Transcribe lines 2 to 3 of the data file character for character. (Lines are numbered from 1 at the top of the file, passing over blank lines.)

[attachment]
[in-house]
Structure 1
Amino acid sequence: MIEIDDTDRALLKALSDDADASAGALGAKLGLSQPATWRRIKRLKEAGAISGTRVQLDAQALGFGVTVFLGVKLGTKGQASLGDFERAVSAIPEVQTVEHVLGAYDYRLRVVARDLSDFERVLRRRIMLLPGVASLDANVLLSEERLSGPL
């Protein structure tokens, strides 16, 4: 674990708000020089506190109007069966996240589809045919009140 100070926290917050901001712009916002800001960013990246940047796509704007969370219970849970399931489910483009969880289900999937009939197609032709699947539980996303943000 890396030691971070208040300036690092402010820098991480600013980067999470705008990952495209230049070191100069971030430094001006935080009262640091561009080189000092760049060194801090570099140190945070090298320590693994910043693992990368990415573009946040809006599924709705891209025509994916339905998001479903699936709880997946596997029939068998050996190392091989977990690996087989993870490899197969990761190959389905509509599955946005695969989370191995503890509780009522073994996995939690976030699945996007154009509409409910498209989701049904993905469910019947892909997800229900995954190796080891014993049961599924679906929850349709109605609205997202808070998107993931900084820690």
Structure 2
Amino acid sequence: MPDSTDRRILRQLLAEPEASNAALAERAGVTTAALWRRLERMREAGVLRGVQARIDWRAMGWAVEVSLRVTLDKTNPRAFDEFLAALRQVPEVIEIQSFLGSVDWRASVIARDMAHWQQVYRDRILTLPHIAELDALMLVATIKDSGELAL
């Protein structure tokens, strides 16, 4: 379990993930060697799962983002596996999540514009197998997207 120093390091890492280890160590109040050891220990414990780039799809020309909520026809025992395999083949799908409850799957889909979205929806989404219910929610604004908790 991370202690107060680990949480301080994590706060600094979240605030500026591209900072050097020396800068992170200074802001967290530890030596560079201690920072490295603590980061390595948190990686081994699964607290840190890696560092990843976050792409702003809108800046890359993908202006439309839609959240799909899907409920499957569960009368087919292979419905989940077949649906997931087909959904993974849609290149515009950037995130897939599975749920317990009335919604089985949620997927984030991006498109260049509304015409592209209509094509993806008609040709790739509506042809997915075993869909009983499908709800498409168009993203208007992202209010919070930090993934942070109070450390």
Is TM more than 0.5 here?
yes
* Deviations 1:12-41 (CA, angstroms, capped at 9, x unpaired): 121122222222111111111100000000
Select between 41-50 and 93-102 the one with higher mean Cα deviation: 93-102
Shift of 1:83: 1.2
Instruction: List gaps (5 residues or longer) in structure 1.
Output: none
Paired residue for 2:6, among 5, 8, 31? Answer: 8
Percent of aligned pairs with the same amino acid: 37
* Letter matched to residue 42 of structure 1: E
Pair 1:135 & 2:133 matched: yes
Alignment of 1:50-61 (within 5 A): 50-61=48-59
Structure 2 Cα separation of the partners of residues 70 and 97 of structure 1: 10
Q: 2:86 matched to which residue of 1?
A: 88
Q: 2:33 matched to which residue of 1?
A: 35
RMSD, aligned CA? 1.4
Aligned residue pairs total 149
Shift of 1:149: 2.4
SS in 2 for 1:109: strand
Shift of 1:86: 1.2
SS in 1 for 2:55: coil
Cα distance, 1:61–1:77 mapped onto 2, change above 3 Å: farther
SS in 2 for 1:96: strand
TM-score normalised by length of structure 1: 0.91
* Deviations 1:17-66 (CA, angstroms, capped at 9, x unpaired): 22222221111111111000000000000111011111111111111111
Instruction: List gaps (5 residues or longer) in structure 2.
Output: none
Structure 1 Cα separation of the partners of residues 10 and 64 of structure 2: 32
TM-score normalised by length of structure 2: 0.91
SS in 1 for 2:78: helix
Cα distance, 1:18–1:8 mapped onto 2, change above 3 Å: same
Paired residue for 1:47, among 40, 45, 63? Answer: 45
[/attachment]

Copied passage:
Structure 1
Amino acid sequence: MIEIDDTDRALLKALSDDADASAGALGAKLGLSQPATWRRIKRLKEAGAISGTRVQLDAQALGFGVTVFLGVKLGTKGQASLGDFERAVSAIPEVQTVEHVLGAYDYRLRVVARDLSDFERVLRRRIMLLPGVASLDANVLLSEERLSGPL